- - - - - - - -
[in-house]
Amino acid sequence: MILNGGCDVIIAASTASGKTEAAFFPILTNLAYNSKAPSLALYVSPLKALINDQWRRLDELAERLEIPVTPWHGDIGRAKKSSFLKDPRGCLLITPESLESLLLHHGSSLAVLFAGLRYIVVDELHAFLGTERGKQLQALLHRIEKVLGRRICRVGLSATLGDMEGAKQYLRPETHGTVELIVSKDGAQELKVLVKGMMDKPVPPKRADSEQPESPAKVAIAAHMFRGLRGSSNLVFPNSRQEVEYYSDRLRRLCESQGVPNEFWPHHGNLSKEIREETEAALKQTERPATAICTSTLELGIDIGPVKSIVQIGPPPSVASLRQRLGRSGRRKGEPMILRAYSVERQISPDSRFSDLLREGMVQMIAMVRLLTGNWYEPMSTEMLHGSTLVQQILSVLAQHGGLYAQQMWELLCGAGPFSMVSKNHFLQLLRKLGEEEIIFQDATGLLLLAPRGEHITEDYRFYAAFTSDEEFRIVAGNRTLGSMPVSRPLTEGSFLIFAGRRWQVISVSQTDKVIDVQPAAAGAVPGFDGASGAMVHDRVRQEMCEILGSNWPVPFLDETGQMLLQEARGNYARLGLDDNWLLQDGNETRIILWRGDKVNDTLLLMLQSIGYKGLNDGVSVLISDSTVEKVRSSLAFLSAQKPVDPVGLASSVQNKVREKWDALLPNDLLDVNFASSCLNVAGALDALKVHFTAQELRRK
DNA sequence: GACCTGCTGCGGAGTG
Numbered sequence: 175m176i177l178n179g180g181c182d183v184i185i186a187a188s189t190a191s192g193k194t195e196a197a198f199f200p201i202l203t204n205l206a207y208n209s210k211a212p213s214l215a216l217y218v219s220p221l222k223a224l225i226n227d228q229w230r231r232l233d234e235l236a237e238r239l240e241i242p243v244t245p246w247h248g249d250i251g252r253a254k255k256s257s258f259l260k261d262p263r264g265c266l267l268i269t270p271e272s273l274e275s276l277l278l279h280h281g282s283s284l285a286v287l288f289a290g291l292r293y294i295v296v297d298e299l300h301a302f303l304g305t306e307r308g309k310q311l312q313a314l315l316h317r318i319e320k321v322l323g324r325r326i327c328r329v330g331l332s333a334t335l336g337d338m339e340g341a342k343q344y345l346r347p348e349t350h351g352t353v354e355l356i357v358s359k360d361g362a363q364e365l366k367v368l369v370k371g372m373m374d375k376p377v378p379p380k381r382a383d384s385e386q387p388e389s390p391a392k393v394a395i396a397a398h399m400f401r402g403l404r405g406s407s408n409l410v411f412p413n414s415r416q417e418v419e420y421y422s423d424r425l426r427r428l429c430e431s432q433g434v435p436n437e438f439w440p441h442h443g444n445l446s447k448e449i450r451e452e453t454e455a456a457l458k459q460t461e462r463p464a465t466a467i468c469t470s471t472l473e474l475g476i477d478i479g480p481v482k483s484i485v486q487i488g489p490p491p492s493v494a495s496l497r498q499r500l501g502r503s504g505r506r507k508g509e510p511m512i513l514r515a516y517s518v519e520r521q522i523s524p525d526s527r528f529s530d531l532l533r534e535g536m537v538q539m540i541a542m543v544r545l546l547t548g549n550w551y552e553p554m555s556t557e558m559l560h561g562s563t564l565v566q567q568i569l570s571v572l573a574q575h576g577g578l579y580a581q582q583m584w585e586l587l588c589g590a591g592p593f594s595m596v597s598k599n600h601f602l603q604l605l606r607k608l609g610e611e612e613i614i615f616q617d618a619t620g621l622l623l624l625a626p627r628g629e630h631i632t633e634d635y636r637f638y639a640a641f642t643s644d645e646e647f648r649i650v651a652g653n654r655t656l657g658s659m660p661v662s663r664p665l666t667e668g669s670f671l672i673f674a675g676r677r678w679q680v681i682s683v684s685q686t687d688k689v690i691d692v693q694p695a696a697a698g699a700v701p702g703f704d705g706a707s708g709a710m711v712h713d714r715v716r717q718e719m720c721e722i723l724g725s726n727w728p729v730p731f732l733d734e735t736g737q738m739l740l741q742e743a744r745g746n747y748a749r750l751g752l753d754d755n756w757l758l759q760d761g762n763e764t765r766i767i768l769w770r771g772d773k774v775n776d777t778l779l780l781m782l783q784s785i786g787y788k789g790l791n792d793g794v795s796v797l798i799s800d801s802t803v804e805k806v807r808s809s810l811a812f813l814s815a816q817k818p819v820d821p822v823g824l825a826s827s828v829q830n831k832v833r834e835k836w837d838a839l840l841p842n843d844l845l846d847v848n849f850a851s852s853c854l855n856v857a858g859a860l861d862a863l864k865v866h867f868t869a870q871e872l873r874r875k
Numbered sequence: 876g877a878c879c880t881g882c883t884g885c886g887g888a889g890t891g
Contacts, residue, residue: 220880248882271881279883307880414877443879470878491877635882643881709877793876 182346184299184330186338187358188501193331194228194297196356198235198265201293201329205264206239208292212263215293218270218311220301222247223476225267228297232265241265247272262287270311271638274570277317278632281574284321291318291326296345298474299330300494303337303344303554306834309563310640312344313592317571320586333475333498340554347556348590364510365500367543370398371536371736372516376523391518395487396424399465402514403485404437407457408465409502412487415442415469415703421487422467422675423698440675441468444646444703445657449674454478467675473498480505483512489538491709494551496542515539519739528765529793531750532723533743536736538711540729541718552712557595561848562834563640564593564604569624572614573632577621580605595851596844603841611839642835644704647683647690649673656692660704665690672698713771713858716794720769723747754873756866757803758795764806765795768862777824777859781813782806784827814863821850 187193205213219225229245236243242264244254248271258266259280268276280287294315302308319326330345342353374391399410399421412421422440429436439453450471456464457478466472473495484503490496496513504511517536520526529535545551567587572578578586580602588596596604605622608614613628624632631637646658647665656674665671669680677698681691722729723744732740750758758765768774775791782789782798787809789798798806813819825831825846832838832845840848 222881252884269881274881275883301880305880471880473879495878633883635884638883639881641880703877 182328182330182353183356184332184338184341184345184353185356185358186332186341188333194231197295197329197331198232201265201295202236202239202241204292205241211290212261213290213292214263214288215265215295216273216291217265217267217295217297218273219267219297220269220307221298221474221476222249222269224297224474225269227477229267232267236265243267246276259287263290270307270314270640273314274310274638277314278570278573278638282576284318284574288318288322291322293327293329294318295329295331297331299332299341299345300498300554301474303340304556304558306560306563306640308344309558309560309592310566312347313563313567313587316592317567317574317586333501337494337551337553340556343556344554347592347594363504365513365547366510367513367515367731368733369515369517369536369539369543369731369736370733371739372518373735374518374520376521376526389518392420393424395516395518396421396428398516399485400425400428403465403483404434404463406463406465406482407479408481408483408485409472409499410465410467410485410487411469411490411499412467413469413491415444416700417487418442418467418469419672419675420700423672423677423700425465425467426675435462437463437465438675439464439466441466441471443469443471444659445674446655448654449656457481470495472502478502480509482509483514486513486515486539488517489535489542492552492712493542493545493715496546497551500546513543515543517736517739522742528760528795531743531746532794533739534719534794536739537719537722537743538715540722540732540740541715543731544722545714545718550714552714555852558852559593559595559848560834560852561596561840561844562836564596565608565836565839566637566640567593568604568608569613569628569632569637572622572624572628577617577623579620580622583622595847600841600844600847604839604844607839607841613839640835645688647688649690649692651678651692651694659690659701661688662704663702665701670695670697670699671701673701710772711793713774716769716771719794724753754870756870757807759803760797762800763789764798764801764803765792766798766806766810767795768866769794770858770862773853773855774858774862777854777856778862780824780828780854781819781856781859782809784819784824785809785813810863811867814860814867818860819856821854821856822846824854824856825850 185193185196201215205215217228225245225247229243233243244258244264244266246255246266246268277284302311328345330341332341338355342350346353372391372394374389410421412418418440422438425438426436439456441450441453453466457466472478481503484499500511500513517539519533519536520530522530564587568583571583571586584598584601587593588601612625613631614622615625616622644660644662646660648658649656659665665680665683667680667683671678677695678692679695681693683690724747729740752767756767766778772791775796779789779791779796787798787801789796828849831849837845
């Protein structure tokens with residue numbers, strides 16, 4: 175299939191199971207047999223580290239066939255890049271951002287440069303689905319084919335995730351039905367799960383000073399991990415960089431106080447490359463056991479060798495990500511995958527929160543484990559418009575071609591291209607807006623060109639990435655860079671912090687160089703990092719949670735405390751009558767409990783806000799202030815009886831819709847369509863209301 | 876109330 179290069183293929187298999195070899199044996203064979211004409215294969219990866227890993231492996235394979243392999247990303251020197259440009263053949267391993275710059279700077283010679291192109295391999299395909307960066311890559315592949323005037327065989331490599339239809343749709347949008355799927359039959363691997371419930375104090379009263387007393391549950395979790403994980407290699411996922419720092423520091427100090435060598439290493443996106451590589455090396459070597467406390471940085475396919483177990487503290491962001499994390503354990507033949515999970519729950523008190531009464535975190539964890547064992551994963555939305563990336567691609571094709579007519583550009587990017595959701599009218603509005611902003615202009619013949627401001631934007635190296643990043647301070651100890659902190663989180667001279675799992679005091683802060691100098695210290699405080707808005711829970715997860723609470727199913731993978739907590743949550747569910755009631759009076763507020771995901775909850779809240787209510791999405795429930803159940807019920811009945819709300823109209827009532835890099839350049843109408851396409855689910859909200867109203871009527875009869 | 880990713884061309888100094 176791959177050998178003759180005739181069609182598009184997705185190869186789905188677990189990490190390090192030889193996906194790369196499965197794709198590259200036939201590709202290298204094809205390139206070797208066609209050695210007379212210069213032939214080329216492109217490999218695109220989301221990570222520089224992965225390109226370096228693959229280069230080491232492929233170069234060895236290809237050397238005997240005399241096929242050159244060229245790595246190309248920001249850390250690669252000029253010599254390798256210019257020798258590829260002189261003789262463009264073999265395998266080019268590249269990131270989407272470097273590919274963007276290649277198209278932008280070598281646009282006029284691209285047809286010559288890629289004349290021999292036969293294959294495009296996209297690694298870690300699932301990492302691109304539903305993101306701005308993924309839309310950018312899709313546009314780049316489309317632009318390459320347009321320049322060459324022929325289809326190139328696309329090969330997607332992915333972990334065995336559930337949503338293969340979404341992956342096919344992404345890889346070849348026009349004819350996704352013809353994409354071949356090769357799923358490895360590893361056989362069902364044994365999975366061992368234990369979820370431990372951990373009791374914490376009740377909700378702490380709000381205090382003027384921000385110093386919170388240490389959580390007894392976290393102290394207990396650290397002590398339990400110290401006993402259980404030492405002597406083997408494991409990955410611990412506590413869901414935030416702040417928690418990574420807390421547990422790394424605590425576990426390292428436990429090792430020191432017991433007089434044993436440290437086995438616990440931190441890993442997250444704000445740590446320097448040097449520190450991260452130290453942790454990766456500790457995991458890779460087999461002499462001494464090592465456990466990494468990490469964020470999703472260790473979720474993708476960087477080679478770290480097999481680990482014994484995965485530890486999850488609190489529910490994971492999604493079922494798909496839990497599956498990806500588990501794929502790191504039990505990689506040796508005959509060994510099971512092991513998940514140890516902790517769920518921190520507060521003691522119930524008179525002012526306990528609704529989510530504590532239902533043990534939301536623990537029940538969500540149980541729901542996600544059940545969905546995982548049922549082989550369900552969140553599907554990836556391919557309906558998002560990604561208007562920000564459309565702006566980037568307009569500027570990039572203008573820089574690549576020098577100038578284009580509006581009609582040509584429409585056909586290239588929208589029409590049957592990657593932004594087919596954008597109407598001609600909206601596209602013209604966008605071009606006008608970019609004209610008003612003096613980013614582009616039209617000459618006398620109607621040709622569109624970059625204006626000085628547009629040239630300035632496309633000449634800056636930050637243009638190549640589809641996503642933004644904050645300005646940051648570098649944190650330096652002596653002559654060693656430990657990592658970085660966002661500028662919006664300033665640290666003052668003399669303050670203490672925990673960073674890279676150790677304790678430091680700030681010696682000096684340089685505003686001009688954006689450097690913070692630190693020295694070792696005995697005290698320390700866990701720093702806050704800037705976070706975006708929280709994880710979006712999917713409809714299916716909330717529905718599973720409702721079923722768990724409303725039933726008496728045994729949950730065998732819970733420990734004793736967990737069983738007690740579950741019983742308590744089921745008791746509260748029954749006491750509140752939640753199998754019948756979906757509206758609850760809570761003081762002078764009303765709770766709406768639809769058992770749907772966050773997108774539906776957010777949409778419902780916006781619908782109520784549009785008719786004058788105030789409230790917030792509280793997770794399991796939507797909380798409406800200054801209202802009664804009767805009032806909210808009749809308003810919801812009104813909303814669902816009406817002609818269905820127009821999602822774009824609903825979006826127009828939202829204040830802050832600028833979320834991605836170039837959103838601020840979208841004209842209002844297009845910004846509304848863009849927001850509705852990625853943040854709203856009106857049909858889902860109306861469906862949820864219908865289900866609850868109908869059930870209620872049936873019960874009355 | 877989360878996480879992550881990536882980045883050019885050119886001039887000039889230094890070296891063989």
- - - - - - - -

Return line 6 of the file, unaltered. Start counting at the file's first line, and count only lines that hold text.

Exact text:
Contacts, residue, residue: 220880248882271881279883307880414877443879470878491877635882643881709877793876 182346184299184330186338187358188501193331194228194297196356198235198265201293201329205264206239208292212263215293218270218311220301222247223476225267228297232265241265247272262287270311271638274570277317278632281574284321291318291326296345298474299330300494303337303344303554306834309563310640312344313592317571320586333475333498340554347556348590364510365500367543370398371536371736372516376523391518395487396424399465402514403485404437407457408465409502412487415442415469415703421487422467422675423698440675441468444646444703445657449674454478467675473498480505483512489538491709494551496542515539519739528765529793531750532723533743536736538711540729541718552712557595561848562834563640564593564604569624572614573632577621580605595851596844603841611839642835644704647683647690649673656692660704665690672698713771713858716794720769723747754873756866757803758795764806765795768862777824777859781813782806784827814863821850 187193205213219225229245236243242264244254248271258266259280268276280287294315302308319326330345342353374391399410399421412421422440429436439453450471456464457478466472473495484503490496496513504511517536520526529535545551567587572578578586580602588596596604605622608614613628624632631637646658647665656674665671669680677698681691722729723744732740750758758765768774775791782789782798787809789798798806813819825831825846832838832845840848 222881252884269881274881275883301880305880471880473879495878633883635884638883639881641880703877 182328182330182353183356184332184338184341184345184353185356185358186332186341188333194231197295197329197331198232201265201295202236202239202241204292205241211290212261213290213292214263214288215265215295216273216291217265217267217295217297218273219267219297220269220307221298221474221476222249222269224297224474225269227477229267232267236265243267246276259287263290270307270314270640273314274310274638277314278570278573278638282576284318284574288318288322291322293327293329294318295329295331297331299332299341299345300498300554301474303340304556304558306560306563306640308344309558309560309592310566312347313563313567313587316592317567317574317586333501337494337551337553340556343556344554347592347594363504365513365547366510367513367515367731368733369515369517369536369539369543369731369736370733371739372518373735374518374520376521376526389518392420393424395516395518396421396428398516399485400425400428403465403483404434404463406463406465406482407479408481408483408485409472409499410465410467410485410487411469411490411499412467413469413491415444416700417487418442418467418469419672419675420700423672423677423700425465425467426675435462437463437465438675439464439466441466441471443469443471444659445674446655448654449656457481470495472502478502480509482509483514486513486515486539488517489535489542492552492712493542493545493715496546497551500546513543515543517736517739522742528760528795531743531746532794533739534719534794536739537719537722537743538715540722540732540740541715543731544722545714545718550714552714555852558852559593559595559848560834560852561596561840561844562836564596565608565836565839566637566640567593568604568608569613569628569632569637572622572624572628577617577623579620580622583622595847600841600844600847604839604844607839607841613839640835645688647688649690649692651678651692651694659690659701661688662704663702665701670695670697670699671701673701710772711793713774716769716771719794724753754870756870757807759803760797762800763789764798764801764803765792766798766806766810767795768866769794770858770862773853773855774858774862777854777856778862780824780828780854781819781856781859782809784819784824785809785813810863811867814860814867818860819856821854821856822846824854824856825850 185193185196201215205215217228225245225247229243233243244258244264244266246255246266246268277284302311328345330341332341338355342350346353372391372394374389410421412418418440422438425438426436439456441450441453453466457466472478481503484499500511500513517539519533519536520530522530564587568583571583571586584598584601587593588601612625613631614622615625616622644660644662646660648658649656659665665680665683667680667683671678677695678692679695681693683690724747729740752767756767766778772791775796779789779791779796787798787801789796828849831849837845